A vendetta born of a soured business deal in the world of motor racing led to the killings of legendary driver Mickey Thompson and his wife Trudy nearly two decades ago, a prosecutor told jurors during opening statements in a murder trial.

With the prosecution's case relying heavily on circumstantial evidence, witnesses testified Monday that defendant Michael Goodwin had bitterly spoken of killing Thompson, his former business partner.

Goodwin's lawyer said no physical evidence or witness puts her client at the crime scene or links him to arranging the Thompsons' killings.

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One witness, Bill Wilson, said Goodwin made a threat that stunned him during a dinner party more than a month before the shootings.

"'Thompson is killing me. He's destroying me. He's taking everything I've got,"' Wilson quoted Goodwin as saying. "'I'm gonna take him out."'

Wilson, a former police commander who had gone into managing stadiums where Thompson and Goodwin staged their motocross and supercross races, said he protested to Goodwin: "Nobody wins that one. Mickey's dead and you're in prison."

Wilson's wife, Nina, who followed him to the witness stand, said she overheard the conversation. She said that when Wilson told him he would go to jail, Goodwin responded, "Oh no, I'm too smart for that. Nobody will pin it on me."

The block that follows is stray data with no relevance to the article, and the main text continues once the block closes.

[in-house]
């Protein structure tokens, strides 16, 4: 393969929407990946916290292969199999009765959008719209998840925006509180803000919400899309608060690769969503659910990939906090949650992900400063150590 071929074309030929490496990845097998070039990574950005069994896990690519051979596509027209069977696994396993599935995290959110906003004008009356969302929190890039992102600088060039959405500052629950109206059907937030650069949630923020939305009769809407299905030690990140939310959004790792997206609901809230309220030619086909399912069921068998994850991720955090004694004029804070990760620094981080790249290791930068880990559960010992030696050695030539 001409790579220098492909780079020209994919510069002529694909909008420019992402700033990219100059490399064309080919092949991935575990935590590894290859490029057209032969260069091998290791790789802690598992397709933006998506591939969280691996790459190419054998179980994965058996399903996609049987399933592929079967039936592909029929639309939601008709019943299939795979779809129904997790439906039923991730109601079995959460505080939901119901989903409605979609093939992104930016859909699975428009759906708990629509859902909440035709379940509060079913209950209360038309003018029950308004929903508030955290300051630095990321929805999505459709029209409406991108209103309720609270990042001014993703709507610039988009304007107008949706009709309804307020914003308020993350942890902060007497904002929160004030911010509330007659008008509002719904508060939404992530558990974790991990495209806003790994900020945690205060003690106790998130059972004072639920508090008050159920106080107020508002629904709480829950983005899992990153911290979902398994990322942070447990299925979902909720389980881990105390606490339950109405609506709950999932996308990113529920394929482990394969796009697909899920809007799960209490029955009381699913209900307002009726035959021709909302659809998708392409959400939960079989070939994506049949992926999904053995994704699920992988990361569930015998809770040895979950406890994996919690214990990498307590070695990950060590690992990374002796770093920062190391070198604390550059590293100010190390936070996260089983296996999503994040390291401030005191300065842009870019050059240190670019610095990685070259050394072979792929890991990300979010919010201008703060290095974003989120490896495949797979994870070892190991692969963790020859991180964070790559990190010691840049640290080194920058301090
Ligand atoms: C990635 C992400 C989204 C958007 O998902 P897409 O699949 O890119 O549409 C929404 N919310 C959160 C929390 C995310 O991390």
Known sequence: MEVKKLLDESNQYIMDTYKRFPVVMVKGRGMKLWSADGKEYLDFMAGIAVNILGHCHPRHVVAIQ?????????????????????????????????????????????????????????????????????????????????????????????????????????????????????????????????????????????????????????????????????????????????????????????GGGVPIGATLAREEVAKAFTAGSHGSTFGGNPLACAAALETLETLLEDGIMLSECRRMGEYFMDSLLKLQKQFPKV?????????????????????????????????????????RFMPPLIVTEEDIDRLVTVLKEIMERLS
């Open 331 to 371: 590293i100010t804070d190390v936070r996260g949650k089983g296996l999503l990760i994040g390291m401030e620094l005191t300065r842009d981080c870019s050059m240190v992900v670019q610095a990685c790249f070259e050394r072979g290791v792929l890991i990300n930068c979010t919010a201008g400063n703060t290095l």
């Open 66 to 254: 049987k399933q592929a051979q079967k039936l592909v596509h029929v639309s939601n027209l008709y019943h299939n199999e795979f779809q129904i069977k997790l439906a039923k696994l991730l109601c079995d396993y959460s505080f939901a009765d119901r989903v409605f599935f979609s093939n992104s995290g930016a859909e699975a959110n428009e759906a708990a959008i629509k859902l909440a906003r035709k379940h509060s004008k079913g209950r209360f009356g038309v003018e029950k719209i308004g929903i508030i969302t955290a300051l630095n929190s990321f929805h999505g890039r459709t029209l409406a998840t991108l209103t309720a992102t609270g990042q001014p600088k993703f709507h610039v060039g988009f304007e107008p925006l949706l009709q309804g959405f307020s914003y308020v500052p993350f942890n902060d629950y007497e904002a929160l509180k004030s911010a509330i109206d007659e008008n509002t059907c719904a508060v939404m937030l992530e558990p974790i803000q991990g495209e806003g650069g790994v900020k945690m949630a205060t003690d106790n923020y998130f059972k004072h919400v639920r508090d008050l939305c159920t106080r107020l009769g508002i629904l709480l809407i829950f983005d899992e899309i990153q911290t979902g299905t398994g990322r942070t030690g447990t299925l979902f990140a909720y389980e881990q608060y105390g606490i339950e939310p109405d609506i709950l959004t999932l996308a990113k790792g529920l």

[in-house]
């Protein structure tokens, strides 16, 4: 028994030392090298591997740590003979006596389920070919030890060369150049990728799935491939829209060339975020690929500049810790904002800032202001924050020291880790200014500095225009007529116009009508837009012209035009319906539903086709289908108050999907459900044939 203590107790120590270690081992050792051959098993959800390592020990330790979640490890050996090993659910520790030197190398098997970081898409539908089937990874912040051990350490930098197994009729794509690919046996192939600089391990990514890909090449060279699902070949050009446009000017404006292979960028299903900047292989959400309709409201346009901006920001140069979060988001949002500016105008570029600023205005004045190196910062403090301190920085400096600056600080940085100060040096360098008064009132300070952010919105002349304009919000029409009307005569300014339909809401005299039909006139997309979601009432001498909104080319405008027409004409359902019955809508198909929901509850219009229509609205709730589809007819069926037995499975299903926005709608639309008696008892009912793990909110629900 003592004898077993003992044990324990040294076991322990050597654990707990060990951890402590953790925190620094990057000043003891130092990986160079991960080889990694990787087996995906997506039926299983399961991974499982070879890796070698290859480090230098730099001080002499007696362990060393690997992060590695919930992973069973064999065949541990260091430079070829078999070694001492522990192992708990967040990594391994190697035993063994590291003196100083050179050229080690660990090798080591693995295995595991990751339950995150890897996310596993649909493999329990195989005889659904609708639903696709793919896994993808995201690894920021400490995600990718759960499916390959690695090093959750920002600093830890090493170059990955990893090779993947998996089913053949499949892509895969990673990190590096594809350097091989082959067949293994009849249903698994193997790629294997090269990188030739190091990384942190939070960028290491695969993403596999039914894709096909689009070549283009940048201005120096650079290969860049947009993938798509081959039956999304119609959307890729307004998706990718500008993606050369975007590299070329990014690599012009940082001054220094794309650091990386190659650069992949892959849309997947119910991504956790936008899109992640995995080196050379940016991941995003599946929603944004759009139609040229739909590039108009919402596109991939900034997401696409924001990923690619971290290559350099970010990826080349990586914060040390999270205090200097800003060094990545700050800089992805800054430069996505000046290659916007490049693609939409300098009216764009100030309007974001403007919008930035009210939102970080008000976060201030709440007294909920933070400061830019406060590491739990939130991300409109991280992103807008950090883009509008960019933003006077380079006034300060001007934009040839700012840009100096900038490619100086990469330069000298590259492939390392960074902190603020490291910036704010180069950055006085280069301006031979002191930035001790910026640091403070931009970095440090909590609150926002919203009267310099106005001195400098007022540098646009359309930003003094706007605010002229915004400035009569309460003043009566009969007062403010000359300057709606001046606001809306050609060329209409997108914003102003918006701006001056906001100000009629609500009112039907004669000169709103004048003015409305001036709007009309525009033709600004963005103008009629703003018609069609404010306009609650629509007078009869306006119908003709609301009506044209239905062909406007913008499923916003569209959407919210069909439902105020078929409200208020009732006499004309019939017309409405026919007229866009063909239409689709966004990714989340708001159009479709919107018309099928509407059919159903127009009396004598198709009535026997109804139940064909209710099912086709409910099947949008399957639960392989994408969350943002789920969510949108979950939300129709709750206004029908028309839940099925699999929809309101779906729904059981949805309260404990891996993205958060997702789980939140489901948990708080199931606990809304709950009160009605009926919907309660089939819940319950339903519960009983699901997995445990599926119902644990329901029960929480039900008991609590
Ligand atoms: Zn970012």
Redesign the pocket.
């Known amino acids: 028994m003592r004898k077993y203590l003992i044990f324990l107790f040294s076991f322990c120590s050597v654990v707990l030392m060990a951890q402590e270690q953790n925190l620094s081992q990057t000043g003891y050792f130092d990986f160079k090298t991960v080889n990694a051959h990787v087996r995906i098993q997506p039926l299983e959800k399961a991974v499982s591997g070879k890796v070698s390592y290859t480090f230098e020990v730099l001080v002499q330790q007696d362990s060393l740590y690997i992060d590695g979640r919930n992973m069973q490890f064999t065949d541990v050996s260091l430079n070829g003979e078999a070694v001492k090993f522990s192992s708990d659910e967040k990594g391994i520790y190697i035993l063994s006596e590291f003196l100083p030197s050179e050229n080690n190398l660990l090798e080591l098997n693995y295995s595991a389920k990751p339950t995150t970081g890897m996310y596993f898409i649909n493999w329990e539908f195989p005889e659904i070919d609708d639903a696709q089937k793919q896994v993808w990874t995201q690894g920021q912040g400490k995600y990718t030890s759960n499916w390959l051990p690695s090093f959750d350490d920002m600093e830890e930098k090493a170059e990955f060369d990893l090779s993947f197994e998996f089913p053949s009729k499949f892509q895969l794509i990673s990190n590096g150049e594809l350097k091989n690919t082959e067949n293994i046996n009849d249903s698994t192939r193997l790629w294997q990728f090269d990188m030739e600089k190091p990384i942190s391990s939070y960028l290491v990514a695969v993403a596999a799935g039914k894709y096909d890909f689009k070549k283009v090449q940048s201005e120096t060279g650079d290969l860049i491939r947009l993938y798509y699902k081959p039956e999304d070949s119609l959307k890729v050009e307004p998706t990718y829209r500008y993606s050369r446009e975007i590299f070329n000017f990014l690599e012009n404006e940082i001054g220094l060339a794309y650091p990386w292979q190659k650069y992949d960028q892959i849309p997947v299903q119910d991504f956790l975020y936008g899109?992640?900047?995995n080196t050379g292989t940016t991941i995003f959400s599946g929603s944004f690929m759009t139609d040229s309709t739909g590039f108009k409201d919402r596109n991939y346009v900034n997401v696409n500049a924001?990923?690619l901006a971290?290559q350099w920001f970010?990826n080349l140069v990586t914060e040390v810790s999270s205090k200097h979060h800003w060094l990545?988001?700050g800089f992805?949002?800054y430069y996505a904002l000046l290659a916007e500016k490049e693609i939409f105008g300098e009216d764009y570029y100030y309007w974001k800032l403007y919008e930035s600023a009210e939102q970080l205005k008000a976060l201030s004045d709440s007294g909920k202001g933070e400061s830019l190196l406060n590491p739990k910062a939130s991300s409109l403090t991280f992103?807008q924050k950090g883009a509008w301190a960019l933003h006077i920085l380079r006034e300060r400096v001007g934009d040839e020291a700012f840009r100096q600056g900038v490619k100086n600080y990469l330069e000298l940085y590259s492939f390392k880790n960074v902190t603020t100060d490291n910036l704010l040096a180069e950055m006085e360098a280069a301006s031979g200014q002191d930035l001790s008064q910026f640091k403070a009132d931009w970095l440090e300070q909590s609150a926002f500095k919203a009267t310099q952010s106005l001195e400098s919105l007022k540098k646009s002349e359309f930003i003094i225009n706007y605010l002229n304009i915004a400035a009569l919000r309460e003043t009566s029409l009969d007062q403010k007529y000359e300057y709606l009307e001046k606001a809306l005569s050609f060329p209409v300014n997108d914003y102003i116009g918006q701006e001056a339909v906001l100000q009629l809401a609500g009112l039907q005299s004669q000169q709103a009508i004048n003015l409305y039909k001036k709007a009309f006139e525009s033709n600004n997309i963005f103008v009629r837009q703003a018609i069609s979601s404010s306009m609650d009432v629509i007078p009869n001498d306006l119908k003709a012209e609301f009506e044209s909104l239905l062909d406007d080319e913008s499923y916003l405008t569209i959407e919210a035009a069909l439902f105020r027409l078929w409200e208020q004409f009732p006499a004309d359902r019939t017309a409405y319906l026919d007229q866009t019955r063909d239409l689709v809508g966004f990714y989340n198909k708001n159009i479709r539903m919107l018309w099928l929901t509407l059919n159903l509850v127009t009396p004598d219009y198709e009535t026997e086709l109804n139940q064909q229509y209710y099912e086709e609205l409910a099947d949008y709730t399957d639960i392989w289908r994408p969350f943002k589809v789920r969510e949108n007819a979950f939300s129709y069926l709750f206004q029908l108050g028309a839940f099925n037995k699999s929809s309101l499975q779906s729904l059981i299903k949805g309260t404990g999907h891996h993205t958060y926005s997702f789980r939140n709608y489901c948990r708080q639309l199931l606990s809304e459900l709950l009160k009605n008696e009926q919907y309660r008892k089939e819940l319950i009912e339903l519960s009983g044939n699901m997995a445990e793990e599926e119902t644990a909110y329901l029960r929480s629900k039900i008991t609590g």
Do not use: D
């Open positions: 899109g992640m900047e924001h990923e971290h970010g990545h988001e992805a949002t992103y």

Goodwin, 61, is charged with two counts of murder with special circumstances and faces life in prison if convicted. The trial was scheduled to continue Tuesday.

The racer, who was 59 when he died, was the first person to travel more than 400 mph on land. He was inducted posthumously into the Motorsports Hall of Fame of America.

Prosecutors contend the evidence leads directly to Goodwin, a former concert promoter who merged his motocross racing business with Thompson's before the pair had a falling out. They say Goodwin became so angry after losing $793,000 to Thompson that he set out to kill him.

Thompson and his 41-year-old wife were leaving for work in March 1988 when they were ambushed outside their home in the gated Los Angeles suburb of Bradbury.

Two men who shot the couple and fled on bicycles were never caught.

Defense attorney Elena Saris said Goodwin was a victim of false assumptions, and that TV shows created a "folklore" that prompted people to come forward with unsubstantiated accounts.

"This is the story of a botched investigation and a Hollywood series of events based on false assumptions," Saris said.

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